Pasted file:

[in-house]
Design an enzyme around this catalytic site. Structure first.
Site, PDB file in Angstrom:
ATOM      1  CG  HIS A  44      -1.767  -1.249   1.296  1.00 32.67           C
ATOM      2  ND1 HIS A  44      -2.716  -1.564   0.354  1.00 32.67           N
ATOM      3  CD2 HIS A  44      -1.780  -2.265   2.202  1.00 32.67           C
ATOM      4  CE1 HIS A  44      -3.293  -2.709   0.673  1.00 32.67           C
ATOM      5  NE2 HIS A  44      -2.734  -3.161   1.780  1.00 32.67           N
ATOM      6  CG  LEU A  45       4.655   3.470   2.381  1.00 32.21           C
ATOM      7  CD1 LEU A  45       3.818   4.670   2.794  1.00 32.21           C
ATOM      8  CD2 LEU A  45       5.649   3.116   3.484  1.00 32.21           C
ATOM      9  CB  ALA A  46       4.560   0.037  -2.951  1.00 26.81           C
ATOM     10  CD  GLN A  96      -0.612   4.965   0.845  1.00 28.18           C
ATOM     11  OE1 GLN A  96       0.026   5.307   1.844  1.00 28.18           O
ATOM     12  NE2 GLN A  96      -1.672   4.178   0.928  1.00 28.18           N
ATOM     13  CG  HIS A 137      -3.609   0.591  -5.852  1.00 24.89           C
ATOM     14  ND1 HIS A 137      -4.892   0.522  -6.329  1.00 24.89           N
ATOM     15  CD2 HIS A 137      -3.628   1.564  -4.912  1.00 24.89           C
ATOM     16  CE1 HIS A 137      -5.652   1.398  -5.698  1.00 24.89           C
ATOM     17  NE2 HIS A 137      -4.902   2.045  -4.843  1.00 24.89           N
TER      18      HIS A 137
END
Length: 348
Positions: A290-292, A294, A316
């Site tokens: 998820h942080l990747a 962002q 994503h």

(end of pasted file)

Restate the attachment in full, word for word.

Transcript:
[in-house]
Design an enzyme around this catalytic site. Structure first.
Site, PDB file in Angstrom:
ATOM      1  CG  HIS A  44      -1.767  -1.249   1.296  1.00 32.67           C
ATOM      2  ND1 HIS A  44      -2.716  -1.564   0.354  1.00 32.67           N
ATOM      3  CD2 HIS A  44      -1.780  -2.265   2.202  1.00 32.67           C
ATOM      4  CE1 HIS A  44      -3.293  -2.709   0.673  1.00 32.67           C
ATOM      5  NE2 HIS A  44      -2.734  -3.161   1.780  1.00 32.67           N
ATOM      6  CG  LEU A  45       4.655   3.470   2.381  1.00 32.21           C
ATOM      7  CD1 LEU A  45       3.818   4.670   2.794  1.00 32.21           C
ATOM      8  CD2 LEU A  45       5.649   3.116   3.484  1.00 32.21           C
ATOM      9  CB  ALA A  46       4.560   0.037  -2.951  1.00 26.81           C
ATOM     10  CD  GLN A  96      -0.612   4.965   0.845  1.00 28.18           C
ATOM     11  OE1 GLN A  96       0.026   5.307   1.844  1.00 28.18           O
ATOM     12  NE2 GLN A  96      -1.672   4.178   0.928  1.00 28.18           N
ATOM     13  CG  HIS A 137      -3.609   0.591  -5.852  1.00 24.89           C
ATOM     14  ND1 HIS A 137      -4.892   0.522  -6.329  1.00 24.89           N
ATOM     15  CD2 HIS A 137      -3.628   1.564  -4.912  1.00 24.89           C
ATOM     16  CE1 HIS A 137      -5.652   1.398  -5.698  1.00 24.89           C
ATOM     17  NE2 HIS A 137      -4.902   2.045  -4.843  1.00 24.89           N
TER      18      HIS A 137
END
Length: 348
Positions: A290-292, A294, A316
């Site tokens: 998820h942080l990747a 962002q 994503h």